Star Cursed - Page 52/73

“Ruin them how?” Tess asks, and my stomach sinks.

“We’re going to erase their minds, the way the Daughters of Persephone did with their enemies. They won’t remember their own names once we’re finished with them.” My sister’s voice is vicious. “They’ll stop murdering innocent girls, and we’ll remind people what witches can do.”

This is why Inez wanted Finn to spy. So she could start a war.

“She would expose us like that? We’re not ready, Maura!” Tess’s face is pale.

Maura swipes her hair out of her eyes. “No one will connect it with the Sisterhood. They’ll only know witches were responsible.”

“This won’t stop the Brothers from murdering innocent girls. Don’t you see, they’ll crack down twice as hard!” I protest. “Inez can’t do this. Cora isn’t even dead yet, and once she is, Inez will only be regent until one of us comes of age.”

“It will be me,” Maura insists. “Why can’t you let me have this one thing?”

“It doesn’t work like that, Maura. We can’t just decide that it’s you. It’s up to Persephone,” Tess says, stepping closer, hands outstretched like Maura’s a wild animal.

“Even if you could, you wouldn’t choose me, would you?” Maura’s lip wobbles. “No one ever does.”

Tess puts a hand on her arm. “Maura, I love you.”

Maura shakes her off. “Get away from me!”

Tess skids backward—farther than Maura’s push warrants. Her feet slip on the snowy dock. She teeters for a moment on the very edge, windmilling her arms above the freezing river. She screams.

I grab her, pulling her back toward me. She throws both arms around my waist, clinging like a child, her whole body trembling.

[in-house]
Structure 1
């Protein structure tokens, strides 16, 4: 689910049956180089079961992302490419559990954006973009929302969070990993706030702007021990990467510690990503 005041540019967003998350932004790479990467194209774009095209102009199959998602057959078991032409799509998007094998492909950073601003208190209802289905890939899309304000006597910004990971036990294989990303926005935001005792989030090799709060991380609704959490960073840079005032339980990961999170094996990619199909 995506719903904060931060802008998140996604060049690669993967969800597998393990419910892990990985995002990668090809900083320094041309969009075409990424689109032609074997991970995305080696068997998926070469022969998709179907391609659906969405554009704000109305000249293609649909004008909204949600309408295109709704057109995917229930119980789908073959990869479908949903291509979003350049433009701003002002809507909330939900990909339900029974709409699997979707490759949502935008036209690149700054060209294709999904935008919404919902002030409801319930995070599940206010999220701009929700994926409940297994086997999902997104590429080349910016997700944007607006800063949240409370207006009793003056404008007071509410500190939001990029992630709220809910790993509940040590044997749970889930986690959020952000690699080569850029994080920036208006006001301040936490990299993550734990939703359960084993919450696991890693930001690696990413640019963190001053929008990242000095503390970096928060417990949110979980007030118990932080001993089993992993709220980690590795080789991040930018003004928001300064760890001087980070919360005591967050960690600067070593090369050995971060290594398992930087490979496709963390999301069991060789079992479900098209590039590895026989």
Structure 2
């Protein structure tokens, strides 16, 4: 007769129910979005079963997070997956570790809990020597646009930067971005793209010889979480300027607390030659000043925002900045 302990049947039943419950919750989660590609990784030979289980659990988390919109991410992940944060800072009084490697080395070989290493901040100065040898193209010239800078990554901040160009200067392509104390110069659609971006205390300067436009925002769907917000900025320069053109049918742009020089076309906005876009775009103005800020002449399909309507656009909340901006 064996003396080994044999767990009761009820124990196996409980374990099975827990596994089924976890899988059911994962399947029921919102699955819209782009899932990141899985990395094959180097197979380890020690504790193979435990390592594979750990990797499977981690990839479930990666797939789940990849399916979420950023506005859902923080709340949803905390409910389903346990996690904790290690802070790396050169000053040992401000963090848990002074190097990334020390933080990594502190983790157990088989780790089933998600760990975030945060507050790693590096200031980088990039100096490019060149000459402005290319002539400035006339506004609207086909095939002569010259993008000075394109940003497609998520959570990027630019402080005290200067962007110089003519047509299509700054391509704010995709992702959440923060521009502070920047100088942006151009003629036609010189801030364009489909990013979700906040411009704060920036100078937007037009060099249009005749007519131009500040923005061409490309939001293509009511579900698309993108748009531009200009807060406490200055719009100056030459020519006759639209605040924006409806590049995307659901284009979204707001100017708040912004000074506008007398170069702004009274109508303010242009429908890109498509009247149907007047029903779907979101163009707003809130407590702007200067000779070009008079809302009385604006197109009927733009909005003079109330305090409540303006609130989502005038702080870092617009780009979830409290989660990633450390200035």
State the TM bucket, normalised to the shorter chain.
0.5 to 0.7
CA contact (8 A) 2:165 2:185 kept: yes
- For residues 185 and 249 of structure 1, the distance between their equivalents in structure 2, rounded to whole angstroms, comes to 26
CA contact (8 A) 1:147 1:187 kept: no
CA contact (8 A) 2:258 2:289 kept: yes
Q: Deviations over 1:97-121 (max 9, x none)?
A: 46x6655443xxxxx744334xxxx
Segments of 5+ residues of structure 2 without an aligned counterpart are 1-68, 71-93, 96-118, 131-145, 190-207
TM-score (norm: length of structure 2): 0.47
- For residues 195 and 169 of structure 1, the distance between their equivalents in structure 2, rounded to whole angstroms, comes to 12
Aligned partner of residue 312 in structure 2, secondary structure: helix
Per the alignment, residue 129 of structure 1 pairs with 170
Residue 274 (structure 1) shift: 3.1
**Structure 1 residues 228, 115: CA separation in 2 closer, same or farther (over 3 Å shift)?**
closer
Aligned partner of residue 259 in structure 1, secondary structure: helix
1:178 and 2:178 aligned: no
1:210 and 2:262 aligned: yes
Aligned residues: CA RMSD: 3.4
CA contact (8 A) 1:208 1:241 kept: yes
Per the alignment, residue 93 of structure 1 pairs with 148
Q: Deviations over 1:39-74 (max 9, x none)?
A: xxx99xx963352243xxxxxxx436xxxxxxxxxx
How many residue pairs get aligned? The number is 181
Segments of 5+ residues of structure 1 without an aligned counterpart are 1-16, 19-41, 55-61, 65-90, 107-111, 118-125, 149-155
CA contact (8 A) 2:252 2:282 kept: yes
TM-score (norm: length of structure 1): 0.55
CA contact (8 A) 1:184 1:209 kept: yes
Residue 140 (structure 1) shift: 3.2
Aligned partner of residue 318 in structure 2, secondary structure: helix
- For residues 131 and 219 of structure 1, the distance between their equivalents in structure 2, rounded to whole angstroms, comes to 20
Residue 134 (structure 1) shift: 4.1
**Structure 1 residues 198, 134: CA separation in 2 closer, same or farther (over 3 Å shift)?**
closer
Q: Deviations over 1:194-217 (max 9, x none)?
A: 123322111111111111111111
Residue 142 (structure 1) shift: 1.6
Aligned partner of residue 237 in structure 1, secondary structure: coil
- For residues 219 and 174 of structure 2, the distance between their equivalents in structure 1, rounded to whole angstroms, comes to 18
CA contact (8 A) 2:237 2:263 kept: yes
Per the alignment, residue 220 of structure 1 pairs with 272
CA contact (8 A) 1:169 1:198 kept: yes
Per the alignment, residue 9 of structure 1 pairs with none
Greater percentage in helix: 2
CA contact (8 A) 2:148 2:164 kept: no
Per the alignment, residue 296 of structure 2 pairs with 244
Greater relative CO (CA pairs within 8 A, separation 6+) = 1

Tears are streaming down Maura’s face now. “I didn’t mean—”

“You could have killed me,” Tess says, stunned. “I can’t swim. You know I can’t swim.”

She’s always been frightened of the water; she would never even wade in the pond with me. Mrs. O’Hare teases that Mother must have dropped her in the sink when she was a baby.

“I can’t—when I’m upset, I can’t control it,” Maura says. “I told you to stay away from me, I—just let me alone, both of you! I don’t need you. I don’t need anyone!”

And with that, she’s gone, running away down the snowy street. I hug Tess close and watch her go.

Chapter 14


I pick my way carefully up the snowy front steps of the convent. “I know.”

Tess’s nose is red from the cold and from crying. “People have had a hundred years to forget what the Daughters of Persephone did, and now she’ll make us into bogeymen again. It will ruin any chance we have for sharing power.”

“Maybe that’s what she wants—to make it so we’ll have to go to war.” I shiver into my cloak. “Lord knows what the Brothers will do in response.”

Tess sighs. “At least we saved the prisoners. We changed things, Cate! I saw them all being loaded onto the prison ship in the snow, and now they’re free. That means—”

“We can change the prophecy,” I realize, a grin nearly splitting my face in half.

“Maura might be angry with us now, but she’ll get past it. Who knows? Perhaps in the oracle’s vision, I did fall into the river today, and I drowned,” Tess says, kicking the snow off her boots. “But you saved me. You can’t know how much better this makes me feel. If I can change the things I see—if it’s not all set in stone—that changes everything.”